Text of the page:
Kinship parentage analysis reinforced the hypothesis of cultivation origin for most ecotypes, demonstrating a strong relationship among some main varieties, such as Golooleh, Fishomi, Rowghani, Khorma and Shengeh, showing that some ecotypes, such as Dastjerd 4 from Zanjan province, may represent direct progenitors of these cultivars.

A further confirmation derived from the evidence that ecotypes growing under very harsh environmental constraints, such as high and low temperatures (as in Khuzestan and Kerman, respectively) and low rainfall (Kerman), clustered jointly despite the great distances between the collection sites.


An unexpected level of olive variation has been preserved in Iran, which is represented by a few varieties, currently under cultivation in small favorable areas, and a wide set of ecotypes. These ecotypes occur as patchy individual trees or groves, most likely propagated by seeds, in an uncertain state of cultivation that are now abandoned or returned to natural conditions. They are presumably related to the remaining survivors of ancient cultivated olives or trees planted for religious purposes as forms of popular worship. Their occurrence close to settlements where the olive was probably cultivated thousands of years ago, in the western Iranian provinces, may explain the permanence of this important varietal patrimony that human devastations, climatic and historical changes have not completely destroyed but brought to the brink of extinction.

Most Iranian varieties and ecotypes occur in regions representing the cradle of multiple civilizations and at meeting points of ancient eastern and western routes, currently showing extreme pedo-climatic conditions, thus providing a new framework for Olea europaea variability distribution. But these trees are endangered because of their fragile environmental and growth conditions, the limited number of plants available for each genotype and the recent massive introduction of alien varieties.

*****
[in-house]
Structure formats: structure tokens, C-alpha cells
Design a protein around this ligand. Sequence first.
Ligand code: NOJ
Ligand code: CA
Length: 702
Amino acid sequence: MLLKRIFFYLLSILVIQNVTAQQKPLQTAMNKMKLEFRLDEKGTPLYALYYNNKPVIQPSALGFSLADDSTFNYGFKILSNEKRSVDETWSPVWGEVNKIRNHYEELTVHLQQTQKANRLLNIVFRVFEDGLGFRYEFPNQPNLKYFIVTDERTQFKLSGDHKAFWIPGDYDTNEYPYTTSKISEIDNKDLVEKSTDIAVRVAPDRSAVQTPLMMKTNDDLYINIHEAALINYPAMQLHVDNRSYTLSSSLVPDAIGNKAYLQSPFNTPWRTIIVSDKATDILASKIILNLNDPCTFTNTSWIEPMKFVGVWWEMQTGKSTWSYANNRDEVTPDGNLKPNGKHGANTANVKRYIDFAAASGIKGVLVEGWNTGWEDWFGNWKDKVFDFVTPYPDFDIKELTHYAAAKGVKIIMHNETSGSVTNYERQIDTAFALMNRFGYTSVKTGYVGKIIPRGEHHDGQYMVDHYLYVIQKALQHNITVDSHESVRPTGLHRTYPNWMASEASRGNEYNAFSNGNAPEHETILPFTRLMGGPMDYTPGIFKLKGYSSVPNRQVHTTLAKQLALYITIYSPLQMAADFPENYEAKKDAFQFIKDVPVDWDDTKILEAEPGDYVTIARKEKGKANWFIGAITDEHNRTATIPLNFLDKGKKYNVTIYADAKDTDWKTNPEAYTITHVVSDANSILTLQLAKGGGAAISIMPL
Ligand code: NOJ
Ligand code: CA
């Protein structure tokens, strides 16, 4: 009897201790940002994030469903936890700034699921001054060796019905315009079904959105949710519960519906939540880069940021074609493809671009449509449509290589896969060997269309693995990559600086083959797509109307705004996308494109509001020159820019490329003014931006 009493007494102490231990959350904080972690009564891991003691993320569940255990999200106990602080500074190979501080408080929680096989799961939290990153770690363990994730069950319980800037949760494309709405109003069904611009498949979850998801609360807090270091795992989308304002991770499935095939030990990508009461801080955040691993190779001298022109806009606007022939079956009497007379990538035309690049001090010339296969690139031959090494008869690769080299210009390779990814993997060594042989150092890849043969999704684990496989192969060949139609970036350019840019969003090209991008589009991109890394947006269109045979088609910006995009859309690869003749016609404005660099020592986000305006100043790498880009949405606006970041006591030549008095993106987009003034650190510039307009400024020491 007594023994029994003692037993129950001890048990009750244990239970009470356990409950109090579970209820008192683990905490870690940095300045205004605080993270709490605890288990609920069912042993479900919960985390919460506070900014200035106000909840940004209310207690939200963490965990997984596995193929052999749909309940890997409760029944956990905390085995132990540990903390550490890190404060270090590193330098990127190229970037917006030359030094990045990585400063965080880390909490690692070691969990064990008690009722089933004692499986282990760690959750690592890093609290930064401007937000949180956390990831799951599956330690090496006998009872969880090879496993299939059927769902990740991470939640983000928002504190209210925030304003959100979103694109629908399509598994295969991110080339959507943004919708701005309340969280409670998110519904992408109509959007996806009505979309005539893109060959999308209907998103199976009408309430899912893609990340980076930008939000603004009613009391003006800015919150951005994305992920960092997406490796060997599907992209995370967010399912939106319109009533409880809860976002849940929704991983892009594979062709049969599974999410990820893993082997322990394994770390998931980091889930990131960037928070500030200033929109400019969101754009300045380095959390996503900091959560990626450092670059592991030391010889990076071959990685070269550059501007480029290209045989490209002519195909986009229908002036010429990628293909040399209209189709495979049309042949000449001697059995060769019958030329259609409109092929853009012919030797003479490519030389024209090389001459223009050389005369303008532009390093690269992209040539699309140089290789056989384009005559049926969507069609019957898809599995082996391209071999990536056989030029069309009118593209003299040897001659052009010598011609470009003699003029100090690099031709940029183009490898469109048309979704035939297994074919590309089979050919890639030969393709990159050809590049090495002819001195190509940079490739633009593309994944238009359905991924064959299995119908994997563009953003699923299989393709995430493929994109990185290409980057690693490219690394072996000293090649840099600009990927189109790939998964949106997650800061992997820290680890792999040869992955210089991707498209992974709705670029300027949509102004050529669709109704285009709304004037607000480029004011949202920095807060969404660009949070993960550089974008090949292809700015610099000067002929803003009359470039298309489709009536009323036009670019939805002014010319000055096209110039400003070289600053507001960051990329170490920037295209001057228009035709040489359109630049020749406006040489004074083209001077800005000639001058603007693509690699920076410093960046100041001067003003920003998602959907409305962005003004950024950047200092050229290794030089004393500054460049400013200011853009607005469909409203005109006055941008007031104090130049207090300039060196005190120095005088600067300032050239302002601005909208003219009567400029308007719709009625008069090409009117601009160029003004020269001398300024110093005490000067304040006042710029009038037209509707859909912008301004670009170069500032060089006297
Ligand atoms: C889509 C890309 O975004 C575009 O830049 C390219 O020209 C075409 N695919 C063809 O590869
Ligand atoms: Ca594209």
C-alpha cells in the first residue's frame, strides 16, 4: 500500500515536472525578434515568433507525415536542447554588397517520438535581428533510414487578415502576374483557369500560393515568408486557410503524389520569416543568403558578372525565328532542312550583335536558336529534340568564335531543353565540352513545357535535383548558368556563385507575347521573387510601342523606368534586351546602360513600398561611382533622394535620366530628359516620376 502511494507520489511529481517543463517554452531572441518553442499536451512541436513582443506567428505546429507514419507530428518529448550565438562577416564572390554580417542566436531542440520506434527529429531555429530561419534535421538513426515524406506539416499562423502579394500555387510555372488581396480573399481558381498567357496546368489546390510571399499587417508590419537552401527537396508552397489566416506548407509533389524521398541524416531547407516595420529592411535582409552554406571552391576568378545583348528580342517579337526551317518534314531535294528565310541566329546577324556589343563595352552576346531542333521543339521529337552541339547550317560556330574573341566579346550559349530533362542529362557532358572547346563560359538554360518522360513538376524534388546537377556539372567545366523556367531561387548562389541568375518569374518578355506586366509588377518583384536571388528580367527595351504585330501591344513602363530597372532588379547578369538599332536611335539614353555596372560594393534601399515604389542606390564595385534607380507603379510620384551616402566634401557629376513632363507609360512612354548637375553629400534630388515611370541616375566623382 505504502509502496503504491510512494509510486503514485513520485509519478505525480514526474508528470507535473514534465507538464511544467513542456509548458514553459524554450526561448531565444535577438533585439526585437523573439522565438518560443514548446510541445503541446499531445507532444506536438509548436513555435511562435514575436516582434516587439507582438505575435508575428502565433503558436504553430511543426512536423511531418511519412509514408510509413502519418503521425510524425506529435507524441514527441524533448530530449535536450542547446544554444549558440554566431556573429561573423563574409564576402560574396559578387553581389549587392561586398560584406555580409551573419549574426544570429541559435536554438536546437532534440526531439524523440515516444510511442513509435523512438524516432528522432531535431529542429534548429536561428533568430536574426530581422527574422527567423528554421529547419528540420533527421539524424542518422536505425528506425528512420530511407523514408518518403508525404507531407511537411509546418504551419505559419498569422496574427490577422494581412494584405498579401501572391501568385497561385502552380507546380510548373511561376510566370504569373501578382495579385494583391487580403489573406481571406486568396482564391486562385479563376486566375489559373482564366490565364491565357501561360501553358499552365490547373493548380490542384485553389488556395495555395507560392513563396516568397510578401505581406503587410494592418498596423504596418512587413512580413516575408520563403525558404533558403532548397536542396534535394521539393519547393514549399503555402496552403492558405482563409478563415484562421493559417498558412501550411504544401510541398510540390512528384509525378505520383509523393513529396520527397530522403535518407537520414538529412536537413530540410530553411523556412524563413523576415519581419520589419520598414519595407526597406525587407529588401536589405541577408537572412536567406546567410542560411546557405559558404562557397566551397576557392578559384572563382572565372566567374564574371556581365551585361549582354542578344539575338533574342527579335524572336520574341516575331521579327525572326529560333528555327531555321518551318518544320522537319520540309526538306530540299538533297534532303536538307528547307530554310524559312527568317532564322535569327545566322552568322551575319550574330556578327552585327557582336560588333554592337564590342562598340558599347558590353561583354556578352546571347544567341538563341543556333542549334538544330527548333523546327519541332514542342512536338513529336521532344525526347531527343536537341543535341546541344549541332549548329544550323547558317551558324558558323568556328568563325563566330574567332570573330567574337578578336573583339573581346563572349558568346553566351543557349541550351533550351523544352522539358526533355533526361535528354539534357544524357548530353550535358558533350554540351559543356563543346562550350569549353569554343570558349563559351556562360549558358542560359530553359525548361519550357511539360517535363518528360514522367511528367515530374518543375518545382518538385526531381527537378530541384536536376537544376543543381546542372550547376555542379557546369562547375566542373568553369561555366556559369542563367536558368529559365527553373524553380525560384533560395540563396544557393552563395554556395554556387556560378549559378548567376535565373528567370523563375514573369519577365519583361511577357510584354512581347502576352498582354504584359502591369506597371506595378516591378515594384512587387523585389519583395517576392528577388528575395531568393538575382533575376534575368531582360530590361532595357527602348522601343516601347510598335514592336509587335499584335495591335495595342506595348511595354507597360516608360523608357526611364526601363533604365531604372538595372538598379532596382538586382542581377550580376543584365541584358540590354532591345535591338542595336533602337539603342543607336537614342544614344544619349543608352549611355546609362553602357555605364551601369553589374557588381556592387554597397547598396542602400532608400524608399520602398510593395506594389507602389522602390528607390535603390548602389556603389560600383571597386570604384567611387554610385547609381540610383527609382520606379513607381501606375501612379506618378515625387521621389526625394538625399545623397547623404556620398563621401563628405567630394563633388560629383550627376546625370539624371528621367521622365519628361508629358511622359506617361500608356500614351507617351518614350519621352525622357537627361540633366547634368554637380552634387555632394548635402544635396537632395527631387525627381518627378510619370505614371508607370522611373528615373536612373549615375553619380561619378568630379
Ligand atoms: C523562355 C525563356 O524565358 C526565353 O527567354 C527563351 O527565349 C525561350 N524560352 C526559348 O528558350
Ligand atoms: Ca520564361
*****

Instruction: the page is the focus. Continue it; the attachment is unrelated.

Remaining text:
Initiatives for the conservation of this environmental, historical, cultural and natural heritage resource should be mandatory. It is expected that it will soon be possible to perform a deeper exploration in all Iranian provinces for the collection and preservation of the most interesting ecotypes and to start their detailed characterization.

Supporting Information

Table S1.

List of primers developed to amplify and detect chloroplast SNP and SSR markers.


Table S2.

Chloroplast genotyping data based on 24 length (including 29 polymorphisms) and 20 SNP markers.


Table S3.

Distribution of private (in-range and out-of-range) alleles within the Iranian populations at each locus.


Table S4.

Percentage of private alleles and their occurrence in different populations.


Table S5.

Results of the uniparental parentage analysis. Parent and potential offspring identities, typed and compared loci, number of mismatches and LOD score values are reported.



We are grateful to Dr. Z. Noormohammadi from the Islamic Azad University, Science and Research branch, Tehran, Iran for providing us with the Bokhoon DNA samples and to the Iranian Ministry of Agriculture for support in plant material collection.

Author Contributions

Conceived and designed the experiments: MHM RM BT LB. Performed the experiments: BT RM NGMC SP MSH SA. Analyzed the data: RM LB NGMC. Contributed reagents/materials/analysis tools: LB MHM. Wrote the paper: LB RM MHM BT.